When you approached this with him did you ask permission or inform him of what you wanted? “I would really like X to be a part of our wedding, it means the world to me that she be beside me and her not being there would ruin the day. She obviously can’t afford it so since it is important to me that she be there I was going to offer to pay for her.”
Post # 26
I thin there is a lot going on in your financial agreement with your fiancee and a lot that i find deeply disturbing in his narrow definition of family.
But setting that aside, if you as a unit (and he shouldn’t just get a veto on your financial decisions) don’t want to pay for these components of the wedding, is there any way you could simply not have the people in your wedding party dress in a style that requires them to spend money on new clothes/hair/makeup? I’ve been a part of a number of weddings where the wedding party was just told to “dress nicely” and I did the same for my wedding party (no set hair, no set clothes, no makeup person) so the cost of being in the party was just the cost of coming to the wedding.
(Of course if your frriend can’t afford to come that might still require furhter supplementation)
Post # 27
OP, I would absolutely cover your friend. Your fiance does not get to dictate how you spend your money in this situation. For future situations, get something established per other PPs suggestions. Both parties in a marriage should always have their own discrectionary money to spend as they like with no questions asked/no permission needed. Set the upper limit that you are both comfortable with.
Post # 28
OP there’s something about your FI’s point of view that makes me question his ability to have compassion for another human being. I personally can’t be bothered by people like this.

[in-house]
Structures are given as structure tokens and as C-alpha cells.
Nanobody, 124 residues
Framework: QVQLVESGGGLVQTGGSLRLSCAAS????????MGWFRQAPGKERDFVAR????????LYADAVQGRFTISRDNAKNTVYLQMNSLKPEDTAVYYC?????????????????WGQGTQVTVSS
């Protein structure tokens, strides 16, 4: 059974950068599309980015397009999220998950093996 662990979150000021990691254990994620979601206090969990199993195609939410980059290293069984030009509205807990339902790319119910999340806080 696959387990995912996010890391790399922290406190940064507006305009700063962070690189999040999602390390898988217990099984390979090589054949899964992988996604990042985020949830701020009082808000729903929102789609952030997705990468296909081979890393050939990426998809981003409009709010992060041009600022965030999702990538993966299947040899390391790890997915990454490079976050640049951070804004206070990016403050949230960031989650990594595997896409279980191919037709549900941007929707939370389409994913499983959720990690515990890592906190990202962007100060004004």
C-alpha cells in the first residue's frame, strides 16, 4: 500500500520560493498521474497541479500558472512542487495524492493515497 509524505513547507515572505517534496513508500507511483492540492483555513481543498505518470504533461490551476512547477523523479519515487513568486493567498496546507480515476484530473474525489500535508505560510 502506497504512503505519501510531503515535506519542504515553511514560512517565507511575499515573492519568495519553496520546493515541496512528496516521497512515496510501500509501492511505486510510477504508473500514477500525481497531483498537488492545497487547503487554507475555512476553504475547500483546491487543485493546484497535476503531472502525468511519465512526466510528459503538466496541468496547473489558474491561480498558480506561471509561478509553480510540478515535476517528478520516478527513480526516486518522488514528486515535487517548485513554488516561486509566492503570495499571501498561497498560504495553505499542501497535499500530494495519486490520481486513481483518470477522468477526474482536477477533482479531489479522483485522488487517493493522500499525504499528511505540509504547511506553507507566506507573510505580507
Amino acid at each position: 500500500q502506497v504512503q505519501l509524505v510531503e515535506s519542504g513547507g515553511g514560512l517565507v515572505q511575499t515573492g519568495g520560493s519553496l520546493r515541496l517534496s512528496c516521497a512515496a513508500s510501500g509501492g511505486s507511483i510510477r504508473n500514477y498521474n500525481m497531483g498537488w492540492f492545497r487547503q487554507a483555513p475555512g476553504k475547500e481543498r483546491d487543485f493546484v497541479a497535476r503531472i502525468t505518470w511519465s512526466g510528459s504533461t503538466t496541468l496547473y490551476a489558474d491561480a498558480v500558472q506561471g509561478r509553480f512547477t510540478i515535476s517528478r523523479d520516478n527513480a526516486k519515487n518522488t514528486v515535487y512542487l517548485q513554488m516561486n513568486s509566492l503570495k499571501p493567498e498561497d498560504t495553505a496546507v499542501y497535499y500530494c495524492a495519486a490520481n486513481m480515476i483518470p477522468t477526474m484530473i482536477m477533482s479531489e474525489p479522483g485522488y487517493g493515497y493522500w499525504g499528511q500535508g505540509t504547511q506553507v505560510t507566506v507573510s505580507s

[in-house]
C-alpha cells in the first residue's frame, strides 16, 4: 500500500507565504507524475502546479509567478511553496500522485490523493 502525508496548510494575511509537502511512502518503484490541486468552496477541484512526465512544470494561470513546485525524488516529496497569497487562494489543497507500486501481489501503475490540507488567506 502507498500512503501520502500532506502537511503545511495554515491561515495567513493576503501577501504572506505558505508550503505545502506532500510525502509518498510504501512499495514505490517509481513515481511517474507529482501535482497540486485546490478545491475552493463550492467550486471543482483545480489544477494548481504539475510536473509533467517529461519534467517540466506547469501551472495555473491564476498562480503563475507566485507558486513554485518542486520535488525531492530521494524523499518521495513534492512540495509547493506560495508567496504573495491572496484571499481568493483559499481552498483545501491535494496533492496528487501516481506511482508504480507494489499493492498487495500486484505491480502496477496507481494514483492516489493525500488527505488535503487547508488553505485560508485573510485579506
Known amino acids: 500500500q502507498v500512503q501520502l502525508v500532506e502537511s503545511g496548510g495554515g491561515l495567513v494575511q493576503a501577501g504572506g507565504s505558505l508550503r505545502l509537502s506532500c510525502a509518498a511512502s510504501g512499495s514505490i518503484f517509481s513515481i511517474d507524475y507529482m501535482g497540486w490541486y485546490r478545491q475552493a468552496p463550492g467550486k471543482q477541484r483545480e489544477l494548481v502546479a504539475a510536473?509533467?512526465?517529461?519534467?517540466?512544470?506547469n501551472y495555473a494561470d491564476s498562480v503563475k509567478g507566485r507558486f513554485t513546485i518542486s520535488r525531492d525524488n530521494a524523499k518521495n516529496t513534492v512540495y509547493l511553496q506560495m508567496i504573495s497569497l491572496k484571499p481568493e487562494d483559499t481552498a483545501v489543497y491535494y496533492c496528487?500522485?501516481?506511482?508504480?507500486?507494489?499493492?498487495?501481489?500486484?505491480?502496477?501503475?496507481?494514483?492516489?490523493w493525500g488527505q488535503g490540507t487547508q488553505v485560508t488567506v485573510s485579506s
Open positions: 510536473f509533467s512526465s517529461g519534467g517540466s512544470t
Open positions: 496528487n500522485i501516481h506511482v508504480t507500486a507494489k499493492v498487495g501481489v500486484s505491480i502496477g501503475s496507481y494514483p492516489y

Sometimes your friends ARE your family….even moreso than blood. Just because he hasn’t experienced that doesn’t mean the opportunity won’t arise. Let’s just hope he learns the lesson.
Post # 29
I’m sorry but your fiance sounds like a shitty friend to be around. Friends are the family we get to choose and a wedding in itself is a frivolous and unnecessary thing. The courthouse costs next to nothing, everything else is purely for fun and making memories. I never understood why people should pay for bridesmaid stuff anyway because they have little to zero input in those purchases anyway.
It’s one thing if your friend had money issues due to unwise spending habits, but if she’s putting herself through school and simply can’t afford extras, that’s a different story to me.
I agree with PP that you have to figure out finances before going further because those conversations will come up more and more. It is YOUR money, and if he’s not willing to spend on this, what else is frivolous in his mind? Paying for kid’s extracurricular activities? Traveling? Upgrading furniture? Necessity a relative concept… You have things to talk about.